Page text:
Table 3.8 summarizes the important properties of the CheckBoxList and RadioButtonList classes that relate to the formatting capabilities of these Web server controls.

Table 3.8 Important Formatting Properties of the CheckBoxList and RadioButtonList Classes

Property

Description

CellPadding

Specifies the distance in pixels between the border and the contents (that is, check box or radio button) of the list control.

CellSpacing

Specifies the distance in pixels between the items (that is, check box or radio button) of the list control.

RepeatColumns

Specifies the number of columns to be displayed in the list control.

RepeatDirection

Specifies the direction of layout of the items in the list control. It can be one of the RepeatDirection enumeration values: Horizontal or Vertical (default).

RepeatLayout

Specifies the layout method of the items in the list control. It can be one of the RepeatLayout enumeration values: Flow (the items are not displayed in a table structure) or Table (default; the items are displayed in a table structure).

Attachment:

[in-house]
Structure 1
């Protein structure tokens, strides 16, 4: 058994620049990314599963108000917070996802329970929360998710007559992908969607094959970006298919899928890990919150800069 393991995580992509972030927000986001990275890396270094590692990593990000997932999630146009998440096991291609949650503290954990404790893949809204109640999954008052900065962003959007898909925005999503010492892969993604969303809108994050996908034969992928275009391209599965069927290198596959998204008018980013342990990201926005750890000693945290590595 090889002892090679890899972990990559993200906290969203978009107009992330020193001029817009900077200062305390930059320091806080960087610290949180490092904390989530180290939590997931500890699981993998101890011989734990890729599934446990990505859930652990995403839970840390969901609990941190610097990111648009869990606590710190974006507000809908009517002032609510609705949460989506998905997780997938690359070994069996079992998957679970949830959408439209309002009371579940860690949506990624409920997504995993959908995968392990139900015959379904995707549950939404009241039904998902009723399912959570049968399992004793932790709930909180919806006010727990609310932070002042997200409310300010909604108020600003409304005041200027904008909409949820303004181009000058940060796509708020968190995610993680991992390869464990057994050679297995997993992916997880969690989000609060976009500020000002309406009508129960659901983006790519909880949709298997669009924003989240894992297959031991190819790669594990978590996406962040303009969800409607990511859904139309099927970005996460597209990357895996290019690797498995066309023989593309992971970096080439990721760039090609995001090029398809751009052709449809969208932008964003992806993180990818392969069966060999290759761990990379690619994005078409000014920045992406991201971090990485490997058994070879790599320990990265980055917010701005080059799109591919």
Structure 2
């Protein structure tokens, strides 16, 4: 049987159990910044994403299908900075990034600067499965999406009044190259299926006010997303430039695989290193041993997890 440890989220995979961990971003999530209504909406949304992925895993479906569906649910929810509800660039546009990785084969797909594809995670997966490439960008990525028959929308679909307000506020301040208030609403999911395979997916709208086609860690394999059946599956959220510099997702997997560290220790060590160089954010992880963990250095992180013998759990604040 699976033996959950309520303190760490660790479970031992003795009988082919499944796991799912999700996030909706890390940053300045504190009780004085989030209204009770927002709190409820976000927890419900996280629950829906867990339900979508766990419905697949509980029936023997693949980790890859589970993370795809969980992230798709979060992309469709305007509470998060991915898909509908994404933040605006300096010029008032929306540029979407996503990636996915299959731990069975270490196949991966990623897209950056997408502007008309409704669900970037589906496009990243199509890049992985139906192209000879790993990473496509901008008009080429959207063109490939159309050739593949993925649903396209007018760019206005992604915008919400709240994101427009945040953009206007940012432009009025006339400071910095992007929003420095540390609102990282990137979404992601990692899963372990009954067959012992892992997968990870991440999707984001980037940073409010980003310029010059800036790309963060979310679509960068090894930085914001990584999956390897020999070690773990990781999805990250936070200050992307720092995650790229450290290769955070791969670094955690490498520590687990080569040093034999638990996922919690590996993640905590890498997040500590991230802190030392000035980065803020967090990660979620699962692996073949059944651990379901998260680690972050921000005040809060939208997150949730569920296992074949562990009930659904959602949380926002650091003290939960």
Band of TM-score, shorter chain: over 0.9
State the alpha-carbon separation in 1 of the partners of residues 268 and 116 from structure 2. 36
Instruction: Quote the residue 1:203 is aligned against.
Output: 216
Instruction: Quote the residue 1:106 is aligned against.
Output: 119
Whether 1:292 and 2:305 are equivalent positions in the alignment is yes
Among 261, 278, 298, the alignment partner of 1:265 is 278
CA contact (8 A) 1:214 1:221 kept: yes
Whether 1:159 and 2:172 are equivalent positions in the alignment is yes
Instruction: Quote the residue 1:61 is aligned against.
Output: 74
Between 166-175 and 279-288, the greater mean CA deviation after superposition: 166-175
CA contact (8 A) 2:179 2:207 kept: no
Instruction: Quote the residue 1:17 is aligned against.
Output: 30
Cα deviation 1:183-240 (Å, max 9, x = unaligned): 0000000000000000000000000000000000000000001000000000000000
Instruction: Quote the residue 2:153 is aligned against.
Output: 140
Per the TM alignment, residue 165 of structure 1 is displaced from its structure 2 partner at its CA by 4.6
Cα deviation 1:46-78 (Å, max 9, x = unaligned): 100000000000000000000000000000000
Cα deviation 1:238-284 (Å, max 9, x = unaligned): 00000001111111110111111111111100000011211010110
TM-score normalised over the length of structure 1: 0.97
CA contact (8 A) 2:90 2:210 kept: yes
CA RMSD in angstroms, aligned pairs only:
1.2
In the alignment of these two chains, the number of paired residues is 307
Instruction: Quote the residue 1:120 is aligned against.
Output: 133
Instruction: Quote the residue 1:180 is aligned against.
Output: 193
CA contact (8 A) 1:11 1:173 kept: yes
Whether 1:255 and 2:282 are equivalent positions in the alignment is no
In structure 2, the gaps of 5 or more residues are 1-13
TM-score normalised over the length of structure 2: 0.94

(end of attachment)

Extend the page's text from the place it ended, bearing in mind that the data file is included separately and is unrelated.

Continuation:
TextAlign

Specifies the alignment of the text displayed along with the individual items in the list control. It can be one of the TextAlign enumeration values: Left (the text is displayed on the left of the item control) and Right (default; the text is displayed on the right of the item control).


CAUTION

List controls such as ListBox and CheckBoxList enable you to make multiple selections from the list controls. When these controls allow multiple selections, the SelectedIndex and SelectedItem properties return the index of the first selected item and the first selected item, respectively. You must iterate through the ListItemCollection controls available via the Items property and check whether each item's Selected property is true to retrieve the items selected by the user.

This example shows how to use the list controls:

  1. In the project 315C03, add a new Web form named Example3_2.aspx.

  2. Add a Label control on the form and change its Text property to Tourist Interests Survey. Set the font size to Large. Then add another Label control and change its Text property to Which national parks are you interested in visiting?. Set the font size to Medium.

  3. Drag a ListBox control onto the form and change its ID to lbParks. Using the Properties window, select the Items property and click the ellipse button (...). This opens the ListItem Collection Editor. Enter names for a few national parks. Set the SelectionMode property of the lbParks list box to Multiple.